In the previous issue of the Medical Independent, columnist Dr Michael Conroy wrote about the significant personal and professional disruption caused by the NCHD annual changeover (‘The Mayfly Effect’). According to Dr Conroy, who is a registrar in oncology: “The turbulence of our rotation system has few parallels in any other workplace and
make a stable adult life near impossible.” He describes the changeover as “more than an inconvenience”.
“Professionally, we leave behind systems, colleagues, and institutions that we are familiar with to take on new ones, with all the risk that this newness brings. Socially, we leave behind partners, children, family, and friends repeatedly,
and bring strain on relationships that can be taut at the best of times in medicine.
“Amid a housing crisis, we tear our hair out trying to find a short-term let when there are none. And as a workforce, we are among the weakest in the public service. We need roots and stability to organise ourselves and bring change. This is impossible when we are dragged asunder and land on unfamiliar turf every few months.”
The column received an overwhelming response online. The problems with the current system, which Dr Conroy describes so vividly, chimed with the experiences of many others (see Reader Comments). Anger and frustration were expressed about how difficult it is for doctors to put down roots and achieve any stability in their lives. The changeover has been part of NCHD life for many years. It has been around for so long it is easy perhaps to believe it will never change. That it is a rite of passage which doctors must simply endure because ‘that is the way things are done’. The same was once thought about working shifts of over 24 hours.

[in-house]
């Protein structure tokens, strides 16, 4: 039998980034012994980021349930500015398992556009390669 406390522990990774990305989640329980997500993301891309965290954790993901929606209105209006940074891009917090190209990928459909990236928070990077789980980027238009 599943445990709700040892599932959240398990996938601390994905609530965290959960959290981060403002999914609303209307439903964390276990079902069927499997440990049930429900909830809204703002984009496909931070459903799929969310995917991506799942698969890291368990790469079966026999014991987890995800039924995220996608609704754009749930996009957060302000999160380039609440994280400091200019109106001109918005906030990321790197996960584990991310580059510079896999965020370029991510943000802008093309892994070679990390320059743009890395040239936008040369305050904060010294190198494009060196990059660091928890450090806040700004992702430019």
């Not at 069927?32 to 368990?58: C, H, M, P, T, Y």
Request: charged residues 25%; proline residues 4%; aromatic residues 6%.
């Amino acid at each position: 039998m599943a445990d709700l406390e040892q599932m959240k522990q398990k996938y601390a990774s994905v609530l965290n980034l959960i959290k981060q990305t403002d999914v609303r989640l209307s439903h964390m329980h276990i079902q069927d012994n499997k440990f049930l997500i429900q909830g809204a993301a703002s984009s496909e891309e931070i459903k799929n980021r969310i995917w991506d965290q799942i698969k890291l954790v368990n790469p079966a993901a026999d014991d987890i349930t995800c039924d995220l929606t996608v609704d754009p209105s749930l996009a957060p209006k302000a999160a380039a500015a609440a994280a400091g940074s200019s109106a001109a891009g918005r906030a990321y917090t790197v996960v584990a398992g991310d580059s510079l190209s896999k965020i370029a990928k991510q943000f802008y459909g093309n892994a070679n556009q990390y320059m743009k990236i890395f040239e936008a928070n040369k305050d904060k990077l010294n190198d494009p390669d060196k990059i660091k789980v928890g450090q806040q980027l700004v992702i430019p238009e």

However, in 2013, the IMO’s ‘24-No-More’ campaign sought to highlight how NCHDs were still regularly forced to work shifts of more than 24 hours, in breach of their contracts and the European Working Time Directive (EWTD).
After meetings with the HSE failed to deliver a satisfactory agreement, 97 per cent of IMO members voted in favour of strike action. Under the subsequent deal between the IMO and the HSE to end the strike, it was agreed that hospitals would be financially penalised if they did not implement the Directive.
As we have regularly reported, EWTD breaches are still occurring and are an ongoing concern. But the 2013 campaign and strike showed how the status quo can be challenged. This does not necessarily mean industrial action. But pressure should be put on the Department of Health and the HSE to show the cost of the changeover system, and the negative consequences it has for both doctor and patient wellbeing.
In our last editorial, we asked whether health management would listen to the negative reaction to the draft Sláintecare consultant contract. This reaction and the comments in response to Dr Conroy’s column are signs of an extremely disillusioned profession. The context of the Covid-19 crisis has deepened this disillusionment. But these are long-standing issues that pre-date the pandemic and require urgent and sustainable solutions.
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